It Starts with an F

Did I ask for your opinion? No? Then why the hell are you giving it to me?

I handle unwanted critiques very poorly. I take them as personal attacks on my person. It doesn’t matter what the critique is about, if I didn’t ask for your opinion, don’t share it with me. ¬†Unless you’re telling me that I’m awesome, then by all means, please continue.

“I’m sorry that you feel that way,” is my frequent response when somebody criticizes one of my creative endeavors, especially when it’s in the early phases and I didn’t ask for an opinion.

I’m a bit more gracious–with most people–when it comes to critiques that I’ve asked for. Usually with my writing if it is being critiqued it’s because I sent it to somebody and asked for their opinions. I want them to tell me what they liked. But even more importantly I want them to tell me what they didn’t like. But don’t tell me you didn’t like something if you’re not prepared to tell me why it didn’t work for you. Because otherwise it will go right back to feeling like an attack on my baby and therefore also on me.

I haven’t ever received feedback from someone I consider a writing peer. I’ve received feedback from my parents and from some of my friends. But while one of my moms has done some writing, to my knowledge she hasn’t written any novels. My friends that have read and critiqued my novel are not writers themselves.

Other than that, most of my experience with being critiqued comes from writing classes. Yes, I received feedback from the professor, which was typically insightful, but if you recall from a couple weeks back, I work in genres. I’ve found that most college level courses are not geared toward genre writers. Thankfully, I never encountered a professor who outright discouraged genre writing. However, it did mean that I didn’t usually take the advice of my classmates very seriously, since much of their feedback, like mine had been for them, revolved around the fact that we didn’t much care for the other person’s preferred genre.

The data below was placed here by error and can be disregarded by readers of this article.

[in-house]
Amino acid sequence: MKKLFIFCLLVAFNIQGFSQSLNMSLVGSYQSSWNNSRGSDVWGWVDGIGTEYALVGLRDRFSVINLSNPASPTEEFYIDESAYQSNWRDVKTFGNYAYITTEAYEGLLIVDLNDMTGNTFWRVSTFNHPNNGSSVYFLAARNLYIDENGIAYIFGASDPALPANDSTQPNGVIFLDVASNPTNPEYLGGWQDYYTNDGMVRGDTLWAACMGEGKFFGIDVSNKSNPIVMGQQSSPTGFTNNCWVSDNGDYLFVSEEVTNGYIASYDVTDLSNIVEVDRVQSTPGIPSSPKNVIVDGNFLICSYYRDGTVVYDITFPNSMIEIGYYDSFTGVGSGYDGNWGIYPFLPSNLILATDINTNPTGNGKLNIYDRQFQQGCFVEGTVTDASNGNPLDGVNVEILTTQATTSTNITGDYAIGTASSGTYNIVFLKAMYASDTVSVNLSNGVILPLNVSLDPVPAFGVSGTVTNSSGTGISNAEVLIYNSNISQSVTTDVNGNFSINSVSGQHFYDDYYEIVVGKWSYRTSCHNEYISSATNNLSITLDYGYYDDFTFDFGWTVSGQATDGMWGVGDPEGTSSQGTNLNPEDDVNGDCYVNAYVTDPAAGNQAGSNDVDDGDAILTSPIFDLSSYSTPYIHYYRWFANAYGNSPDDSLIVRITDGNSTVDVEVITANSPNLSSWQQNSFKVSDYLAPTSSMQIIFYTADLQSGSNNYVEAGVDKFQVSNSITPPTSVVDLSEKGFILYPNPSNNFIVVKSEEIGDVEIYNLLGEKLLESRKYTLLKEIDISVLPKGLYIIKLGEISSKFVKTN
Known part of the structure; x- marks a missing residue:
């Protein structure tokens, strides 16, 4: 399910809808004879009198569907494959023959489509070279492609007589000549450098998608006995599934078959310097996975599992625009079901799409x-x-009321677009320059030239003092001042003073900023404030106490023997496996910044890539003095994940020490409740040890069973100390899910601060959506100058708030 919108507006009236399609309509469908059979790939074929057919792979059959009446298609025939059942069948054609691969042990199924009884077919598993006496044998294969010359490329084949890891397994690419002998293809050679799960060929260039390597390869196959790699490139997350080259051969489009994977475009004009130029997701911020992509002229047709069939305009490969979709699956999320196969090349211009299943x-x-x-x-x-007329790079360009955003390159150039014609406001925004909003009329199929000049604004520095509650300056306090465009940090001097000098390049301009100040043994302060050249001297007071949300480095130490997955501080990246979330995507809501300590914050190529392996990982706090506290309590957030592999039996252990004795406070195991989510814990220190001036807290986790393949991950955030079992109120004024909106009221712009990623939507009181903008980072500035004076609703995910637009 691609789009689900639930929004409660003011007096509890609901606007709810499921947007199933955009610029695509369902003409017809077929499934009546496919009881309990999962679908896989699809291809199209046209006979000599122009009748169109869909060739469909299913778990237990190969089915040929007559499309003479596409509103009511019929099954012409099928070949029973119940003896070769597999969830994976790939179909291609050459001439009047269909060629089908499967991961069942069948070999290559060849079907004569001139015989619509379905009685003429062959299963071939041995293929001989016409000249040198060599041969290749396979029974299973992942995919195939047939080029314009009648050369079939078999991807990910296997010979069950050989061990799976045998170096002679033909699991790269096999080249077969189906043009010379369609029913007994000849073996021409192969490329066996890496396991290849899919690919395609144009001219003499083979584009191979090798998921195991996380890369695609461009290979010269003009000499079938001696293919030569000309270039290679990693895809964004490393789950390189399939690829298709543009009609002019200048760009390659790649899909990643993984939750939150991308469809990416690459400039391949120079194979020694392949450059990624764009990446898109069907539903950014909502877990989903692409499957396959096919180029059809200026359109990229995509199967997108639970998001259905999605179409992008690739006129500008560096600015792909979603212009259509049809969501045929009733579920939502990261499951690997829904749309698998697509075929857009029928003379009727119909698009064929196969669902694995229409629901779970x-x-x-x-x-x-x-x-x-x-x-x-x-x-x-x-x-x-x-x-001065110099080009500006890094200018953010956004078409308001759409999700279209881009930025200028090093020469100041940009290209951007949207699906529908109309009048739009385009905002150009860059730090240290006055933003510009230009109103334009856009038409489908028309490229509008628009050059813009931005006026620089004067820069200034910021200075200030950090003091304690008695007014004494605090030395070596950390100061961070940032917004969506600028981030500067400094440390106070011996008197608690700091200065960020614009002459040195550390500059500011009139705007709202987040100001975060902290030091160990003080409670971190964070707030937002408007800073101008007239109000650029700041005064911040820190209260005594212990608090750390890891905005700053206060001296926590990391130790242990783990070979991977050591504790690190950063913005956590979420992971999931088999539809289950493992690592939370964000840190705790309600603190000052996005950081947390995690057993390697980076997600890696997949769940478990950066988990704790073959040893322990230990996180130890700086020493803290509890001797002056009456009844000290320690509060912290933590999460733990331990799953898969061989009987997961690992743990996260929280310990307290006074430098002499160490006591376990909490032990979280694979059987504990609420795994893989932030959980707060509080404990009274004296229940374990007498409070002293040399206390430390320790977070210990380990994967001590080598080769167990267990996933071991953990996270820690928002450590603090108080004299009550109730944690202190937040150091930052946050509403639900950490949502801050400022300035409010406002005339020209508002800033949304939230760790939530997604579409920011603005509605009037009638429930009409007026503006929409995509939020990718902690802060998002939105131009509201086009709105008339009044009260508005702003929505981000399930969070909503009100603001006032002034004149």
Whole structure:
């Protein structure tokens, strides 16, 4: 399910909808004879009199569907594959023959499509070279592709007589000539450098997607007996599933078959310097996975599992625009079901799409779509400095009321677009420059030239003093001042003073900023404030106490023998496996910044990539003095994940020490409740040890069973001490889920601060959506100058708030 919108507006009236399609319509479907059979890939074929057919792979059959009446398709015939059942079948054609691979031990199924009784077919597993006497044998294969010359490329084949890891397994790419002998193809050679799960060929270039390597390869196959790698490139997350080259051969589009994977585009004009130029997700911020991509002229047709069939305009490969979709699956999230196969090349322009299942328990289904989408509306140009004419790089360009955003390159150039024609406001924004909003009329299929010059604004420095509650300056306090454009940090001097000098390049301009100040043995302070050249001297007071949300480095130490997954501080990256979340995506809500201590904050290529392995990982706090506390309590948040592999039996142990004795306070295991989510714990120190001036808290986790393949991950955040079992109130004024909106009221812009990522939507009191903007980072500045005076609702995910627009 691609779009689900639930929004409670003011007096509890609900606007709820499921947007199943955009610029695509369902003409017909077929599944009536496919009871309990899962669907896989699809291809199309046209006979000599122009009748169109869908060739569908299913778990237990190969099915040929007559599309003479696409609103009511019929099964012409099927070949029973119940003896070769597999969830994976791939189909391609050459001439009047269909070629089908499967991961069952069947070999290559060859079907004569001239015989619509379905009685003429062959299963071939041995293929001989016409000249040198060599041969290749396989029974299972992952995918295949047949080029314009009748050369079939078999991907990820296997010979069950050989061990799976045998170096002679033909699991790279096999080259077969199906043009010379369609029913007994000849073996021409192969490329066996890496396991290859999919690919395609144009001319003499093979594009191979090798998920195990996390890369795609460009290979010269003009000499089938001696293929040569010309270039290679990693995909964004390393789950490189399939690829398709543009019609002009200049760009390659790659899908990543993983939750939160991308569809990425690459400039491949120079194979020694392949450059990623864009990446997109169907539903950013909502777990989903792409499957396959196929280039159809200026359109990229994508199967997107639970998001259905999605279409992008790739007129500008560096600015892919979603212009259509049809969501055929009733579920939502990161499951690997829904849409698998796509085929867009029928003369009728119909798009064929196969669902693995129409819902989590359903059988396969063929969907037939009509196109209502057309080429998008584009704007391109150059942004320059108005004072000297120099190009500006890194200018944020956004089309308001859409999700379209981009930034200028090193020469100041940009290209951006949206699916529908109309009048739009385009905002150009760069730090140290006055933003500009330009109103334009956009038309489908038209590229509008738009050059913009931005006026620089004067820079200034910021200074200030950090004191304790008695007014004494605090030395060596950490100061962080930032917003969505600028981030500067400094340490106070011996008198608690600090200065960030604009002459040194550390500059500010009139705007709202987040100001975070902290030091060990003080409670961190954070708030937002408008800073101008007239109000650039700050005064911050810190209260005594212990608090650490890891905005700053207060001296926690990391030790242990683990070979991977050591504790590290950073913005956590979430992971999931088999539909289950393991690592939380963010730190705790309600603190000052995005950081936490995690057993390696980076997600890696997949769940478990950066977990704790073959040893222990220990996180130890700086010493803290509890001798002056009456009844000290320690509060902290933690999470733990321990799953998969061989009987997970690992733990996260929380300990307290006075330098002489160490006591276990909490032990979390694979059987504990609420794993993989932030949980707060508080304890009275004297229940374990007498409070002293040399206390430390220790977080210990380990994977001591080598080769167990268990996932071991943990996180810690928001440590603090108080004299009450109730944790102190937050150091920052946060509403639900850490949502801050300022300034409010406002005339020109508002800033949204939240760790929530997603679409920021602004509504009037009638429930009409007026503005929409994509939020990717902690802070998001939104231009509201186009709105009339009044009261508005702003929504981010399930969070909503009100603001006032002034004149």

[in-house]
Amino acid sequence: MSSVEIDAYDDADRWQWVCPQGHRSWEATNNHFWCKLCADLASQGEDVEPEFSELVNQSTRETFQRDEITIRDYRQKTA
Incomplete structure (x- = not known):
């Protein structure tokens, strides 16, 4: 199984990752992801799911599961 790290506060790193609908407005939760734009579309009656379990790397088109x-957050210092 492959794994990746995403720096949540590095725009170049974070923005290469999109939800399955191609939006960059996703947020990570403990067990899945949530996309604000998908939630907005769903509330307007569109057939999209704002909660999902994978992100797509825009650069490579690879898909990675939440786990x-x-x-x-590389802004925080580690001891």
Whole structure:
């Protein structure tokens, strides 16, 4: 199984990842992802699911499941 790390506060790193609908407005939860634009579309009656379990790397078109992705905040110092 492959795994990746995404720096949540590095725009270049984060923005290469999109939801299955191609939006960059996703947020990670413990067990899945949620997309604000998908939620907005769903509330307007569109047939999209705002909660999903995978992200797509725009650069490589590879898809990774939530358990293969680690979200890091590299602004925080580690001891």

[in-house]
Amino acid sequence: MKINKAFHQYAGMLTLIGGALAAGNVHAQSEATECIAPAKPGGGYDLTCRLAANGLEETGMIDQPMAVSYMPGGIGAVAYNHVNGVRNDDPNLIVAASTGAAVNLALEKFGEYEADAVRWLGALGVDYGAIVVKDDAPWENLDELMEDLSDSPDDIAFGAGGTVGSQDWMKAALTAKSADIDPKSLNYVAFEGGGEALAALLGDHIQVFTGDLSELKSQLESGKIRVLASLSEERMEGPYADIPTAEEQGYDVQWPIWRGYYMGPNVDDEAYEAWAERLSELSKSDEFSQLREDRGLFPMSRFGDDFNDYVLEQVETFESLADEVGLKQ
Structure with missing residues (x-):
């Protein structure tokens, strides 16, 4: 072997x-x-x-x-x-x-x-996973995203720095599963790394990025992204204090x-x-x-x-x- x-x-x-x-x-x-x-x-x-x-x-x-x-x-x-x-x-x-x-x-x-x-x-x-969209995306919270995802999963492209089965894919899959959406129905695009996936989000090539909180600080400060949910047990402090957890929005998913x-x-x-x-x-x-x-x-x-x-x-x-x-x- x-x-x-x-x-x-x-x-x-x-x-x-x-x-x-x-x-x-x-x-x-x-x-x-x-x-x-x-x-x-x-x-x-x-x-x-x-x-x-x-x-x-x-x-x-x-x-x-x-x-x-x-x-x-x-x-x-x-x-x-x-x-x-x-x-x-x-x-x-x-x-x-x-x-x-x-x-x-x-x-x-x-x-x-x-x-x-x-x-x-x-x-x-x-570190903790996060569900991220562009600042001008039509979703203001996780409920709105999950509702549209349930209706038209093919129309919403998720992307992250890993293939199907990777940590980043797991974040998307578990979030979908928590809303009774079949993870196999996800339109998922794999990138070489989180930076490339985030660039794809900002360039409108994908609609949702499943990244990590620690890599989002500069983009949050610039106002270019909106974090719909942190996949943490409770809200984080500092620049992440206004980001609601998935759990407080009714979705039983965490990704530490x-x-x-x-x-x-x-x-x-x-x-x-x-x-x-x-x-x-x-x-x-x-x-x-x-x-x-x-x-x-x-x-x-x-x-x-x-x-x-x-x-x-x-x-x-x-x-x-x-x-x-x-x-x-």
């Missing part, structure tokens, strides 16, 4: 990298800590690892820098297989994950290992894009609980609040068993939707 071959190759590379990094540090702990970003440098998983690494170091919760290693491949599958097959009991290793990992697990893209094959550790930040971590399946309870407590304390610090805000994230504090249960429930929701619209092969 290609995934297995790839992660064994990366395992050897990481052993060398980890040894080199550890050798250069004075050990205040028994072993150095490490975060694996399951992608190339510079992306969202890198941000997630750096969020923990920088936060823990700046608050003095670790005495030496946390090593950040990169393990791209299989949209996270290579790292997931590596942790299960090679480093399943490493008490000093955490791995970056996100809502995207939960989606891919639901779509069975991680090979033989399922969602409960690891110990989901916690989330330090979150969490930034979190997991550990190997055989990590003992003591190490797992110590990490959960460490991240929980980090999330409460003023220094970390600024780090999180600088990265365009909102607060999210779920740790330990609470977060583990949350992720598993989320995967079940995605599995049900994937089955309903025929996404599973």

I am a bit nervous about having my work critiqued by my peers. Despite my friends assuring me that they love my writing, I have my doubts about it. I know I could be better. I don’t know how I’d handle being told by somebody I respected as a writer telling me that. Still, in order to grow, it needs to happen. But before that happens, I need to get a draft of my novel written that I’m comfortable sharing with people.

Hopefully this time next year I’ll be able to tell you how I deal with receiving rejection letters. Right now, all I can tell you is how I expect I’ll react when I receive my first one.

I’m going to cry. I’m going to crawl under my blankets and cry.

And then I’m going to say a bad word. And as Jennifer Lawrence would say, it starts with an F.

Then I’ll get back in the saddle and try again. Because I’ve only ever been thrown from a horse once. And I landed on my feet about a foot away from the fence. And then I cried. But then I got back into the effing saddle and went on with life.

At the age of six, Eliza was certain of two things. The first was that she had stories to tell. The second was that she had no talent for illustrating them herself. Talent or no, she still wrote and illustrated her first book, one that should be located and locked away if only to prevent her parents from embarrassing her terribly by showing it off alongside baby pictures. Now she spends her days writing stories that she isn't embarrassed to show off after a little bit of polishing.

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